Hot and dry conditions were the norm in central Arizona. Partly cloudy conditions kept temperatures in the high 90s. Level 1 and Level 2 heat stress was reported early in the period. Local sources reported the crop looked very good in western and eastern Arizona. Some of the crop in central Arizona received wind damage from a monsoon storm several weeks ago. Most of the crop was right on schedule.

    Monsoon activity ramped up late in the period. Flash flood watches were in effect over central and eastern Arizona. Overall, the crop made good progress. Temperatures were mostly in the 90s for New Mexico and El Paso, TX. Scattered shower activity provided additional moisture to fields. Industry experts reported vigor issues in nearly 40 percent of New Mexico fields. It was estimated that some of the crop was about a month behind normal. DSW insect sweeps indicated some whitefly activity.

    San Joaquin Valley (SJV)

    Spot cotton trading was inactive. Supplies and demand were light. Average local spot prices were firm. No forward contracting or domestic mill activity was reported. Foreign mill inquiries were light. The U.S. remains in COVID-19 Pandemic status.

    Hot and dry conditions continued. Many SJV locales reported 17 days of over 100+ degree temperatures. Cotton plants are holding up well. Boll-setting was good. Insect activity was moderate. The crop continued to make good progress. Ginners attended state meetings.

    American Pima (AP)

    Spot cotton trading was inactive. Supplies were light. Demand was good. Average local spot prices were steady. No forward contracting or domestic mill activity was reported. Foreign mill inquiries were moderate. Interest for 2022-crop cotton was very good.

    Little to no carryover kept prices firm for new-crop cotton. Interest was best from India, Indonesia, and Malaysia. According to the Foreign Agricultural Service, U.S. Export Sales report 64,400 bales of Pima cotton were committed for the 2022 marketing year for the week ending July 21. This compares to 5,500 bales the previous year. The U.S. remains in COVID-19 Pandemic status.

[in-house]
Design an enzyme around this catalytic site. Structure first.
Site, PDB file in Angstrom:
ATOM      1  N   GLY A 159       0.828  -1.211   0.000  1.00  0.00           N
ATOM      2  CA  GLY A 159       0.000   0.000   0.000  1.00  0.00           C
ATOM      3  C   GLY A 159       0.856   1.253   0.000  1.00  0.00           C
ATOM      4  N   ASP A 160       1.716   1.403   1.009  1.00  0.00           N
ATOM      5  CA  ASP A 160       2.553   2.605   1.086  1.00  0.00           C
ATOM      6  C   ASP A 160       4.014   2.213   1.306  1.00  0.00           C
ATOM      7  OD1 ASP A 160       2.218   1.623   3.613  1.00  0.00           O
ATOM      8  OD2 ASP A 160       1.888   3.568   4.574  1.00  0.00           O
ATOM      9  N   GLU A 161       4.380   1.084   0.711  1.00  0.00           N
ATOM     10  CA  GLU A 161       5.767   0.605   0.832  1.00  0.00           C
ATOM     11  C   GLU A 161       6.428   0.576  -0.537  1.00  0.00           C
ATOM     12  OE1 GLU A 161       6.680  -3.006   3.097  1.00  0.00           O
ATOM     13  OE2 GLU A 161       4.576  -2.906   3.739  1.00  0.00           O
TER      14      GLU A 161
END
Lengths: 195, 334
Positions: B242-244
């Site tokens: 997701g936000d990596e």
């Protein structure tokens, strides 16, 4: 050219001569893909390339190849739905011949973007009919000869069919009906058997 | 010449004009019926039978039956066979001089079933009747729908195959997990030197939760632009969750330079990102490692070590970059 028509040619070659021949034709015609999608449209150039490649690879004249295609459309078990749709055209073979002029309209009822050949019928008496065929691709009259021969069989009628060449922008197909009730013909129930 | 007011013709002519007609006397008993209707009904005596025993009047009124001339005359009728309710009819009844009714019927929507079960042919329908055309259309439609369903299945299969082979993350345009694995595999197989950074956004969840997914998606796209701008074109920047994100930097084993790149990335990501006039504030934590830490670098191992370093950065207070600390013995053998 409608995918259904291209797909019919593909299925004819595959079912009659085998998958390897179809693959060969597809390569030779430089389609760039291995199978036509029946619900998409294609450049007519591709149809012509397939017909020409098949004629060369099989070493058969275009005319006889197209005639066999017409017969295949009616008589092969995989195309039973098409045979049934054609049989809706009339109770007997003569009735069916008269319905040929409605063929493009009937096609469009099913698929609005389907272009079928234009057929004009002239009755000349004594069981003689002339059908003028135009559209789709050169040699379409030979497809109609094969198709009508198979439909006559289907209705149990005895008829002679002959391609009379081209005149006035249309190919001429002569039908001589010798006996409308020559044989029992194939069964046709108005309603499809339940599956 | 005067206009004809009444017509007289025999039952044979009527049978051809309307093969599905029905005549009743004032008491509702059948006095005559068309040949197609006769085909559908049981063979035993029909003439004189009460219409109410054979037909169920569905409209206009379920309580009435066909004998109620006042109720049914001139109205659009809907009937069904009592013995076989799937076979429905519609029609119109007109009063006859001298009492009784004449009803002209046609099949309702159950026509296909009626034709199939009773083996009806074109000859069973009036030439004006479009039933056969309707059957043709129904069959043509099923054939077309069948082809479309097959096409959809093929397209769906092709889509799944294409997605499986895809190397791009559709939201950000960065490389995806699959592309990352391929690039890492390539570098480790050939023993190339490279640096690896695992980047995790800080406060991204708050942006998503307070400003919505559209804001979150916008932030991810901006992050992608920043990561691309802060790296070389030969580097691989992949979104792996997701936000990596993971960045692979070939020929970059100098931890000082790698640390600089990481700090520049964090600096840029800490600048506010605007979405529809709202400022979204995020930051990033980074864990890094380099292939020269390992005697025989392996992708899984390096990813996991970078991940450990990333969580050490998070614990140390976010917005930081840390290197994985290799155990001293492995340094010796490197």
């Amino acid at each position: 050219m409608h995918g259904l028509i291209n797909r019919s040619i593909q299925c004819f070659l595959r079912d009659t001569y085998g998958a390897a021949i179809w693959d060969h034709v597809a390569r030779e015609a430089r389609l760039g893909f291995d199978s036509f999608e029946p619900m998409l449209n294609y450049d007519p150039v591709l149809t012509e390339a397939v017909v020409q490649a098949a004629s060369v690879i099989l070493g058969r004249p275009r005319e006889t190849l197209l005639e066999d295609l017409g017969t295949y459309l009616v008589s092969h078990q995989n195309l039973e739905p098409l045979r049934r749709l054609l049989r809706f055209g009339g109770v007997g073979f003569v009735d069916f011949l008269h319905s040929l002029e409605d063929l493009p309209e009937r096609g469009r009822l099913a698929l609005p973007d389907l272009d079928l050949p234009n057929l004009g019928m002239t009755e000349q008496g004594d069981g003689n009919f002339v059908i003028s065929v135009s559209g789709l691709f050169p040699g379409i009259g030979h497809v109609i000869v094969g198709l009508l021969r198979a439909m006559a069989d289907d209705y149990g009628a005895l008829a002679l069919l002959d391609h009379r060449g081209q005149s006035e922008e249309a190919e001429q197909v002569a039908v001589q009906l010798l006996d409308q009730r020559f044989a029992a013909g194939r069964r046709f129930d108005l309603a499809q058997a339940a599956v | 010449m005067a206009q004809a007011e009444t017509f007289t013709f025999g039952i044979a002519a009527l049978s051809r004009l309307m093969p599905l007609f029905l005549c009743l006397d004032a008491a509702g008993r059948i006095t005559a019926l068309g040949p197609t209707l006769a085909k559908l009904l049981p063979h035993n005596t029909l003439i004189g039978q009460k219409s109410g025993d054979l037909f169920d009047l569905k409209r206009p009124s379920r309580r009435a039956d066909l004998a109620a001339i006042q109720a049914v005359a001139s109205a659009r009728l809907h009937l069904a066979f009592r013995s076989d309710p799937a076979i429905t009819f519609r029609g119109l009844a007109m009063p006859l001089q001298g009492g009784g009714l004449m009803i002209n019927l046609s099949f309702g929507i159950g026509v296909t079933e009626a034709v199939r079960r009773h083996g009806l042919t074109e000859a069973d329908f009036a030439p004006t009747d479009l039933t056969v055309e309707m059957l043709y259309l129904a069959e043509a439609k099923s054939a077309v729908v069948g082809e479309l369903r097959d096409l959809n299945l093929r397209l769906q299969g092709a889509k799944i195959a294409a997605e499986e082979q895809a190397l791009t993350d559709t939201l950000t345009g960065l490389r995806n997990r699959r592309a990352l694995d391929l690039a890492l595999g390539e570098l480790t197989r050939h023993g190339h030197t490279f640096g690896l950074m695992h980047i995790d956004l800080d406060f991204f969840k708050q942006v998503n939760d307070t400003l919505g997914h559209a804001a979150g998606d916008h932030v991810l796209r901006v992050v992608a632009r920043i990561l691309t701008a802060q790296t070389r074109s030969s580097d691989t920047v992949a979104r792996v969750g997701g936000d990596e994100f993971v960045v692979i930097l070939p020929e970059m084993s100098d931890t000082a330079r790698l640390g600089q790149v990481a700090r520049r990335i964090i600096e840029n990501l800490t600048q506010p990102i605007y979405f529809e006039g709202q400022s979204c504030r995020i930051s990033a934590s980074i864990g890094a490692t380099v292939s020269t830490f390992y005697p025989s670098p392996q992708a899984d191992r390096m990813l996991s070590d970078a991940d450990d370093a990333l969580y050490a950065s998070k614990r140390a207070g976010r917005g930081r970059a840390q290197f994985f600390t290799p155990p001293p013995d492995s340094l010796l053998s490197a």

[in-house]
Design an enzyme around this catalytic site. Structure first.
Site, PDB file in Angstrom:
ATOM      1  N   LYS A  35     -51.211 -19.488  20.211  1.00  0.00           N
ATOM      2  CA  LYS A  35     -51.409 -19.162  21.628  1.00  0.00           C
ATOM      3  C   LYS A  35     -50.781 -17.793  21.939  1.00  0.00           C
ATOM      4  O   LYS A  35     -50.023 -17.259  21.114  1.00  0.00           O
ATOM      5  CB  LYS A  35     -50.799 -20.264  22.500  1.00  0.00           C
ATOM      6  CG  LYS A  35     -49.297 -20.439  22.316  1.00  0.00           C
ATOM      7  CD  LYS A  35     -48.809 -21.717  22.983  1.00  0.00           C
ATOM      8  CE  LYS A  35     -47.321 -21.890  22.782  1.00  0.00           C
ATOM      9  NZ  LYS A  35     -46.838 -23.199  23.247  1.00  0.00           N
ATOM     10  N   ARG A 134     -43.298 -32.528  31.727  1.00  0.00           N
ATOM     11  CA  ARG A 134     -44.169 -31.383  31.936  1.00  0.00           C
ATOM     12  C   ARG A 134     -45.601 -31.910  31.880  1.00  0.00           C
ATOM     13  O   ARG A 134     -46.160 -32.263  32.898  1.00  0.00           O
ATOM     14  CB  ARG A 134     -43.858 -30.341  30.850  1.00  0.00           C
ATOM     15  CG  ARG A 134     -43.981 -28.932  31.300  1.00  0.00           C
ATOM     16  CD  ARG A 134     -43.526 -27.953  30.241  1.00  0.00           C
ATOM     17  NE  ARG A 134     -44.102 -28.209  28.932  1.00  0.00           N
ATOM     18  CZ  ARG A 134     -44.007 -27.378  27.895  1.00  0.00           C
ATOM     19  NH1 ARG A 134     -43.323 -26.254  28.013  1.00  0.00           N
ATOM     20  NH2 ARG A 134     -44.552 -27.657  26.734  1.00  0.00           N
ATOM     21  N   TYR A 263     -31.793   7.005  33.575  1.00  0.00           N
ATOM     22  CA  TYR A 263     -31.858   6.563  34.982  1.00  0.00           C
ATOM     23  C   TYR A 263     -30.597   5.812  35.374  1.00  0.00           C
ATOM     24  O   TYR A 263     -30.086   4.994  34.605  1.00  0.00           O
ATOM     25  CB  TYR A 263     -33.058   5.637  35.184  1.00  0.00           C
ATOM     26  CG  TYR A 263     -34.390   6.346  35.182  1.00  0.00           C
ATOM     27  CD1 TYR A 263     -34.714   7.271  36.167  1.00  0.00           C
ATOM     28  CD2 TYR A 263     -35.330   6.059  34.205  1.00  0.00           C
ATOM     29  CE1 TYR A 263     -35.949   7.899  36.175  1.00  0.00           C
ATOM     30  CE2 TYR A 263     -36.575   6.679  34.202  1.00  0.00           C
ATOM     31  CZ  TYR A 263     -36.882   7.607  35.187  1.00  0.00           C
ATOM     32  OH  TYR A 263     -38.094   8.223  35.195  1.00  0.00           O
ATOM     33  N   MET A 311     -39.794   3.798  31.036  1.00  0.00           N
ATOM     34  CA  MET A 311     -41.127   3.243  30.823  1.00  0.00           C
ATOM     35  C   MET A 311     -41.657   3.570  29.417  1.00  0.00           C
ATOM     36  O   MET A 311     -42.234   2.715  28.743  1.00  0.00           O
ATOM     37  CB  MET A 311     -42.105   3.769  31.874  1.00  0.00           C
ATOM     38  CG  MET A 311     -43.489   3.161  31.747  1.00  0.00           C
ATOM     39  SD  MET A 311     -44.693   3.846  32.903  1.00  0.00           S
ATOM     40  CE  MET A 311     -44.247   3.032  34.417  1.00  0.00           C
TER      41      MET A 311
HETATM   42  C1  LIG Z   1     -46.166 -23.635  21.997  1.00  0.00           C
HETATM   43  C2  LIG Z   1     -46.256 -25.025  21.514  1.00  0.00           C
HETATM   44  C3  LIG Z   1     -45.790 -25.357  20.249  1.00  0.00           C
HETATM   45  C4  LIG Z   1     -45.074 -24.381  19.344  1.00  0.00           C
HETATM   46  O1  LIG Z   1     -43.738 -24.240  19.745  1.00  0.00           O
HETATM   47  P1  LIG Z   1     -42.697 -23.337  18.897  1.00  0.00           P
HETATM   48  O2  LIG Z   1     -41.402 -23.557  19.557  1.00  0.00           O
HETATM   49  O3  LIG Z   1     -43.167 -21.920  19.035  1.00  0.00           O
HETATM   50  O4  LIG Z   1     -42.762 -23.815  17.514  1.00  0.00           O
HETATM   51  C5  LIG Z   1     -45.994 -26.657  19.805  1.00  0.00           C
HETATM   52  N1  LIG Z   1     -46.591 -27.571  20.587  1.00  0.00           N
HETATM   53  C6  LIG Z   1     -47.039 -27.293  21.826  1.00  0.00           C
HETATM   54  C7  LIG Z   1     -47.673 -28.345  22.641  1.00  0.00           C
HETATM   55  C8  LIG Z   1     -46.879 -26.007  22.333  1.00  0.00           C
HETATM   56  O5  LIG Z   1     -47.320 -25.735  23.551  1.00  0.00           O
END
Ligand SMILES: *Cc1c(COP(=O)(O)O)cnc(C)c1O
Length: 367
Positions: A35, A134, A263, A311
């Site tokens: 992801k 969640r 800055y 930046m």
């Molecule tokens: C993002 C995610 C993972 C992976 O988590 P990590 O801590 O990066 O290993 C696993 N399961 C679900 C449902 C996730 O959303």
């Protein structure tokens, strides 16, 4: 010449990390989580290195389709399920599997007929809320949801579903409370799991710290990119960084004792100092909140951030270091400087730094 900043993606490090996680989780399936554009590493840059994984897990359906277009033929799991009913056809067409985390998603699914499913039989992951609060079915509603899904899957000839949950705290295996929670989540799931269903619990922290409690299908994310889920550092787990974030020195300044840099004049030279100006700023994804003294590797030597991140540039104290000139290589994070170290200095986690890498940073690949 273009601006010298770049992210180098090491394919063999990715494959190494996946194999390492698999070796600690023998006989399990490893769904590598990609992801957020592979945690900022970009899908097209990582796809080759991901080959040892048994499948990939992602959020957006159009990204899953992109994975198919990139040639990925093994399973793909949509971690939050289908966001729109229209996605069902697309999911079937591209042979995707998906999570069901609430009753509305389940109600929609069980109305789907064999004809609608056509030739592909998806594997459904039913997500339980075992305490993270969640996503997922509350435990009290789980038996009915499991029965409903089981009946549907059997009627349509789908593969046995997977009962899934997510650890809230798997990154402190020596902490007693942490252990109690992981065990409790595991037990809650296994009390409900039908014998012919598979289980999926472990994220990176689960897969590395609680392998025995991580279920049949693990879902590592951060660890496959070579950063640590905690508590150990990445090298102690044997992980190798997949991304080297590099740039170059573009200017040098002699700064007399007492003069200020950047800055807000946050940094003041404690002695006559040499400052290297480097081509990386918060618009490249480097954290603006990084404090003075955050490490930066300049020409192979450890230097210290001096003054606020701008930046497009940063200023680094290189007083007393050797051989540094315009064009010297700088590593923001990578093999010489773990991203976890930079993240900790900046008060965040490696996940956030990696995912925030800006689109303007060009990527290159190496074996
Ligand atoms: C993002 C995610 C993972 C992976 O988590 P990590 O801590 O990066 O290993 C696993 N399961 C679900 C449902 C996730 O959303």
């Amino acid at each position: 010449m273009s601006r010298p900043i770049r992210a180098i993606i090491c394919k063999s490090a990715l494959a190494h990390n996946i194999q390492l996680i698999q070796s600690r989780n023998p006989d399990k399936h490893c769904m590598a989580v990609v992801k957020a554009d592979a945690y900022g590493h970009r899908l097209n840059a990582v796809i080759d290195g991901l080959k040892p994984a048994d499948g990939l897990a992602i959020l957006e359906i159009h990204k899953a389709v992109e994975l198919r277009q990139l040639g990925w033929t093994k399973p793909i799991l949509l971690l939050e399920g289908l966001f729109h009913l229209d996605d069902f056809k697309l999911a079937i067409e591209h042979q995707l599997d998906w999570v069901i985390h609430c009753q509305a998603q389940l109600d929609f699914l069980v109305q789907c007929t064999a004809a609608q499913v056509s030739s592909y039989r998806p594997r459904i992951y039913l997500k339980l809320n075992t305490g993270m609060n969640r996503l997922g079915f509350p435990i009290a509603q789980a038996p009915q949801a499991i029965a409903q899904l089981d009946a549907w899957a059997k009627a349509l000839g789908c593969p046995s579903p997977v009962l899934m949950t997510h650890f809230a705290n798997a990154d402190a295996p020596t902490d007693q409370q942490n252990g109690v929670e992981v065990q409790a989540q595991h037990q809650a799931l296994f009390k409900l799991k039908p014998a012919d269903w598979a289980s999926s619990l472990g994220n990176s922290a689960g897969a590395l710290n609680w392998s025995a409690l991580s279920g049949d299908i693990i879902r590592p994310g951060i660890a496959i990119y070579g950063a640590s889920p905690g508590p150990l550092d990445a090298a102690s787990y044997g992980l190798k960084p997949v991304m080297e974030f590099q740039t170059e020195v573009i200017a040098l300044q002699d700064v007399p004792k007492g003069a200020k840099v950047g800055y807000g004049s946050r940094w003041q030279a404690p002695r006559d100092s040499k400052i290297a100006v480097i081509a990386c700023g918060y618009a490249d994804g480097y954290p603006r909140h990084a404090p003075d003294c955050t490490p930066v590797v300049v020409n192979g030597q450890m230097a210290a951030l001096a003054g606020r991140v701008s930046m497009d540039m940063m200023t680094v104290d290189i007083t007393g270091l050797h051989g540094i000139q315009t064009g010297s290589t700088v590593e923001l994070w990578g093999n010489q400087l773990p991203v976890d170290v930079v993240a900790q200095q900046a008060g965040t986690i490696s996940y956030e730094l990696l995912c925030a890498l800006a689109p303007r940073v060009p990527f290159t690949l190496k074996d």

Daytime high temperatures were recorded in the 90s to mid-100s throughout the Far West. Cloudy skies and monsoon activity in the Desert Southwest (DSW) brought around one-tenth of an inch of moisture and kept temperatures below 100 degrees for most of the period. Level 1 and Level 2 heat stress was recorded in the DSW early in the reporting period.

    Industry experts reported the crop was in good to excellent condition for the region. Exceptionally hot July temperatures pushed the crop. Many fields exhibited blooms at the top of plants. Boll loads were good. No significant insect pressures were reported. Overall, the crop made good progress.

    Trading

    Desert Southwest

    • A light volume mixed lot of New Mexico cotton color 11 and 21, leaf 2 and better, staple 36, mike averaging 30.0, strength averaging 28.0, and uniformity averaging 77.8 traded for around 91.50 cents per pound, FOB car/truck (compression charges not paid).

    San Joaquin Valley

    • No trading activity was reported.

    American Pima

    • No trading activity was reported.